A gifted child is one who has advanced cognitive (understanding) skills and motor skills for her age. She can walk, talk, and reason earlier than average. She will be a high achiever in most areas and she may have an IQ over 150.
Having a gifted child is rare. Although many children may be advanced for their age in a particular skill at a particular time, only about 2 percent of the population are truly gifted. If your child is gifted, however, you will probably be the first to notice.
Diagnosing a gifted child becomes easier as the child gets older, but one of the first signs that your child is more able than her peers is early language acquisition, particularly speaking fluently before the age of two. Early reading may be another sign of giftedness: some able children learn to read at four years, although environmental influences are obviously a factor. Other possible qualities of a gifted child are as follows:
- Good powers of reasoning and observation.
- A good memory for places and names.
- A strong creative and imaginative drive.
- Sharp powers of observation.
- Being curious and always asking questions.
- More at home with adults than with children.
- An ability to grasp abstract ideas.
- Ability to solve problems or puzzles.
- Having an extensive vocabulary.
- Assimilating facts very quickly.
- Long concentration span.
- Ability to describe events, people, and situations accurately and vividly.
- Eagerness to spend time studying or learning.
- A specific talent, such as artistic ability.
- A high IQ.
Although you may perceive giftedness as an asset rather than a problem, your gifted child may not always be provided for adequately at school and she will have specific emotional needs that are different from those of the average child.
The gifted child may find it hard to relate to her peers. She may be impatient with other children for being slow and this may make her unpopular. Although your child may be condescending toward other children she will probably still want to be part of their group, and this may lead to frustration and isolation. Alternatively, your child may try to conceal her talents in order not to seem different and thus be more readily accepted by other children.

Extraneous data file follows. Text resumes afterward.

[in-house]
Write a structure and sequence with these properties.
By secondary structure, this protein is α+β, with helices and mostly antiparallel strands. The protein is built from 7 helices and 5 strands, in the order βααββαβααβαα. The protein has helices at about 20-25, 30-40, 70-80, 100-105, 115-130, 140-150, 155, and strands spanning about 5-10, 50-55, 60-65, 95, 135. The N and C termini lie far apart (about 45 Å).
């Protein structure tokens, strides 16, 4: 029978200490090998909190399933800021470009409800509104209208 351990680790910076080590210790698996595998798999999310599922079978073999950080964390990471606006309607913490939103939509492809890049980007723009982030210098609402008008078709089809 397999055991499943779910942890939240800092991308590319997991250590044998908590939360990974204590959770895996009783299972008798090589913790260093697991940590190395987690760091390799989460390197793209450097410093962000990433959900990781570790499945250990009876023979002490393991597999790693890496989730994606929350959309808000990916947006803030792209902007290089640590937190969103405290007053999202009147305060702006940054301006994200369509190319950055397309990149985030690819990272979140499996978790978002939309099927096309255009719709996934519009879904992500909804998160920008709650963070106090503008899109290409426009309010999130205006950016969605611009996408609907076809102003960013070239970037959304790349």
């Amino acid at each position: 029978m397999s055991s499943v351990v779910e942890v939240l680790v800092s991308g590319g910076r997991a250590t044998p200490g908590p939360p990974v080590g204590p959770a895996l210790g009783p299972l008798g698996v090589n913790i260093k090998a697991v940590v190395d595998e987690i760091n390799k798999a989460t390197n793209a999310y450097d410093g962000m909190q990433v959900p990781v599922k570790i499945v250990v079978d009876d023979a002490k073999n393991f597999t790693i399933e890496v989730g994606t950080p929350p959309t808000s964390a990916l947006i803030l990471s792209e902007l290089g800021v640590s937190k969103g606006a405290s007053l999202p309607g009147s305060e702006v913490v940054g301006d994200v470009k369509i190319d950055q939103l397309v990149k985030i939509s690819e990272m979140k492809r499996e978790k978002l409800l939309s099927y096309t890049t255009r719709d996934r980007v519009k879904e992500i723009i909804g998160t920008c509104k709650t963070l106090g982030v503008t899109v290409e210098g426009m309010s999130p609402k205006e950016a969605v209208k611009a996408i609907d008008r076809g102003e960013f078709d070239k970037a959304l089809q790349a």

Interacting with adults can also be a problem. Teachers may treat gifted children as arrogant, precocious, or defiant. Gifted children are likely always to know the answers to questions and to be able to point out inconsistencies and question the reasons for doing something. The gifted child doesn’t mean to be attention-seeking or trouble-making, and the negative response she gets from adults can make her withdrawn and antisocial.
A gifted child who is denied the chance to exploit her potential may show a confusing mixture of intellectual prowess and immaturity. She may sulk and have temper tantrums; she may be bored by basic school subjects; and, if she’s restless and inattentive, her teachers, far from recognizing her talents, may believe that she is of low ability. You may have to intervene and discuss with your child’s teacher the kind of specialized or accelerated learning your child requires and make sure that she gets it.
CAN GIFTEDNESS BE CULTIVATED?
Intelligence is wholly innate and overrides all cultures and backgrounds; cleverness is partly innate and partly environmental.
Although you can provide an environment conductive to intellectual development, it is unlikely that you can “create” a gifted child. Evidence suggests that some gifted children come from relatively affluent homes with educated parents who spend time stimulating and encouraging their children; it is debatable whether the extra boost can turn a very bright child into a gifted one. Being overly pushy as a parent will not help cultivate giftedness in a child, however. You can help your child fulfill her potential, but you cannot change that potential.